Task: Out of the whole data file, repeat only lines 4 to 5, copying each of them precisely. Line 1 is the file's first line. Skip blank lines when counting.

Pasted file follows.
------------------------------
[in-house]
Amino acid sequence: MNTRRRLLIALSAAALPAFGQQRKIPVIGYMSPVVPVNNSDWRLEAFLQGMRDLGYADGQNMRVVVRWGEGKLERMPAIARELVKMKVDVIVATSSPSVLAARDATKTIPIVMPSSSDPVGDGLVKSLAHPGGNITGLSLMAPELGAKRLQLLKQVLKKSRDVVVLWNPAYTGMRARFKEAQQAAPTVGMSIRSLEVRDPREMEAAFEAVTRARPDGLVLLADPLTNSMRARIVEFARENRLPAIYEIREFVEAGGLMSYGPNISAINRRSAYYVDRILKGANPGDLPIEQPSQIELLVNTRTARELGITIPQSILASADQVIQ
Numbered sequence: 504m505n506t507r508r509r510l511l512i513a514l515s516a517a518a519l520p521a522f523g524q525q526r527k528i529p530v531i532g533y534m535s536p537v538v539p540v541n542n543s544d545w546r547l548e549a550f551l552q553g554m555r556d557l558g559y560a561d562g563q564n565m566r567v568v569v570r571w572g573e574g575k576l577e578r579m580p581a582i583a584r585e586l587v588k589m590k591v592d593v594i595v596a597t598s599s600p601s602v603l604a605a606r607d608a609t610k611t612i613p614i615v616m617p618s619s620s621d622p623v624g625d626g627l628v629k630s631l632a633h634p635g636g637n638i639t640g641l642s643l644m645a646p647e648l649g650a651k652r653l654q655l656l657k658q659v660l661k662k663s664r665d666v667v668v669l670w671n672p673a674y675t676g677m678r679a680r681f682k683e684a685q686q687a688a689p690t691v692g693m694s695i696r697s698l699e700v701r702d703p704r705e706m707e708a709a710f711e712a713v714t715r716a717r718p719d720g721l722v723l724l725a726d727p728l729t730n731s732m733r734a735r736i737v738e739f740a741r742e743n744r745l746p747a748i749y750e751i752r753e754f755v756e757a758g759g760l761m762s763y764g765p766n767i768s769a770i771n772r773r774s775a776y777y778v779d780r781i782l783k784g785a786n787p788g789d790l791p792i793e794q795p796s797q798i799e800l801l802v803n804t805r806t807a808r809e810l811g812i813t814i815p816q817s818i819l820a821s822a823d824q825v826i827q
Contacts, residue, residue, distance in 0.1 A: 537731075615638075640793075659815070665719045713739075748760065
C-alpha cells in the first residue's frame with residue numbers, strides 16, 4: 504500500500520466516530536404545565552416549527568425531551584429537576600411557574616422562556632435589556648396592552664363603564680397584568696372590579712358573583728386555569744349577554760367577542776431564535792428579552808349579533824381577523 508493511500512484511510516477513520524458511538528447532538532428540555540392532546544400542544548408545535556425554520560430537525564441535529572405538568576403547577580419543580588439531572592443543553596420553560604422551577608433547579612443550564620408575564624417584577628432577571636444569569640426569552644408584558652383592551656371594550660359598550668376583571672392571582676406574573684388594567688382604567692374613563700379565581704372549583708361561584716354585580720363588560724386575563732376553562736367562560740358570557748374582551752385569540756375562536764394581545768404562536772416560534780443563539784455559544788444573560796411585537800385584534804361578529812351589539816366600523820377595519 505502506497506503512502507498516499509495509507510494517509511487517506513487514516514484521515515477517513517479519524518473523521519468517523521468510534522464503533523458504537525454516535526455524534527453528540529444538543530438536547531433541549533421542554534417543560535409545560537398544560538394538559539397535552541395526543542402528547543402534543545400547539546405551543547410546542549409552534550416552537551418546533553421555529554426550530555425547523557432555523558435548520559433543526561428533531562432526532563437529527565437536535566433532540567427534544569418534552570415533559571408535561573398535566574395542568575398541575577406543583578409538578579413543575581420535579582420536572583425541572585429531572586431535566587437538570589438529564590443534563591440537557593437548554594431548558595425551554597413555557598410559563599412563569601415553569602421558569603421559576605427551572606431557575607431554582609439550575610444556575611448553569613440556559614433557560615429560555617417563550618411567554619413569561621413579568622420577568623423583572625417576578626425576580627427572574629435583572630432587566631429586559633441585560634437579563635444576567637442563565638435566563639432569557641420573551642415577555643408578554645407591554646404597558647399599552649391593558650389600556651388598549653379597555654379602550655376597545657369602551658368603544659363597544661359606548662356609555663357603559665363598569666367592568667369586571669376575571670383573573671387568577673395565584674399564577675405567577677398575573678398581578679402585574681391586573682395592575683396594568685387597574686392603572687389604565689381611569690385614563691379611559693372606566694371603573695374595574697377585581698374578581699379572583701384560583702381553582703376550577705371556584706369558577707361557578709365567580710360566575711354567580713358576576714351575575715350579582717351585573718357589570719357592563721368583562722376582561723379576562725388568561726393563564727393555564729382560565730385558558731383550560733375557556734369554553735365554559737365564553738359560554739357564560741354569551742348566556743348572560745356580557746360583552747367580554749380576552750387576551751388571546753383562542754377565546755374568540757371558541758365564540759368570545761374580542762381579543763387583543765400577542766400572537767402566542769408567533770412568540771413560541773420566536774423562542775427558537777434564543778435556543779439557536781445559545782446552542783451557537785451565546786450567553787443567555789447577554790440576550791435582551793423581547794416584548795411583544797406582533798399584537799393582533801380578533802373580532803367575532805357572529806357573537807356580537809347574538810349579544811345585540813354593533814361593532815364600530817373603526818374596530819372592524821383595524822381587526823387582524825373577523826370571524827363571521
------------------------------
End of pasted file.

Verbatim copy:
Contacts, residue, residue, distance in 0.1 A: 537731075615638075640793075659815070665719045713739075748760065
C-alpha cells in the first residue's frame with residue numbers, strides 16, 4: 504500500500520466516530536404545565552416549527568425531551584429537576600411557574616422562556632435589556648396592552664363603564680397584568696372590579712358573583728386555569744349577554760367577542776431564535792428579552808349579533824381577523 508493511500512484511510516477513520524458511538528447532538532428540555540392532546544400542544548408545535556425554520560430537525564441535529572405538568576403547577580419543580588439531572592443543553596420553560604422551577608433547579612443550564620408575564624417584577628432577571636444569569640426569552644408584558652383592551656371594550660359598550668376583571672392571582676406574573684388594567688382604567692374613563700379565581704372549583708361561584716354585580720363588560724386575563732376553562736367562560740358570557748374582551752385569540756375562536764394581545768404562536772416560534780443563539784455559544788444573560796411585537800385584534804361578529812351589539816366600523820377595519 505502506497506503512502507498516499509495509507510494517509511487517506513487514516514484521515515477517513517479519524518473523521519468517523521468510534522464503533523458504537525454516535526455524534527453528540529444538543530438536547531433541549533421542554534417543560535409545560537398544560538394538559539397535552541395526543542402528547543402534543545400547539546405551543547410546542549409552534550416552537551418546533553421555529554426550530555425547523557432555523558435548520559433543526561428533531562432526532563437529527565437536535566433532540567427534544569418534552570415533559571408535561573398535566574395542568575398541575577406543583578409538578579413543575581420535579582420536572583425541572585429531572586431535566587437538570589438529564590443534563591440537557593437548554594431548558595425551554597413555557598410559563599412563569601415553569602421558569603421559576605427551572606431557575607431554582609439550575610444556575611448553569613440556559614433557560615429560555617417563550618411567554619413569561621413579568622420577568623423583572625417576578626425576580627427572574629435583572630432587566631429586559633441585560634437579563635444576567637442563565638435566563639432569557641420573551642415577555643408578554645407591554646404597558647399599552649391593558650389600556651388598549653379597555654379602550655376597545657369602551658368603544659363597544661359606548662356609555663357603559665363598569666367592568667369586571669376575571670383573573671387568577673395565584674399564577675405567577677398575573678398581578679402585574681391586573682395592575683396594568685387597574686392603572687389604565689381611569690385614563691379611559693372606566694371603573695374595574697377585581698374578581699379572583701384560583702381553582703376550577705371556584706369558577707361557578709365567580710360566575711354567580713358576576714351575575715350579582717351585573718357589570719357592563721368583562722376582561723379576562725388568561726393563564727393555564729382560565730385558558731383550560733375557556734369554553735365554559737365564553738359560554739357564560741354569551742348566556743348572560745356580557746360583552747367580554749380576552750387576551751388571546753383562542754377565546755374568540757371558541758365564540759368570545761374580542762381579543763387583543765400577542766400572537767402566542769408567533770412568540771413560541773420566536774423562542775427558537777434564543778435556543779439557536781445559545782446552542783451557537785451565546786450567553787443567555789447577554790440576550791435582551793423581547794416584548795411583544797406582533798399584537799393582533801380578533802373580532803367575532805357572529806357573537807356580537809347574538810349579544811345585540813354593533814361593532815364600530817373603526818374596530819372592524821383595524822381587526823387582524825373577523826370571524827363571521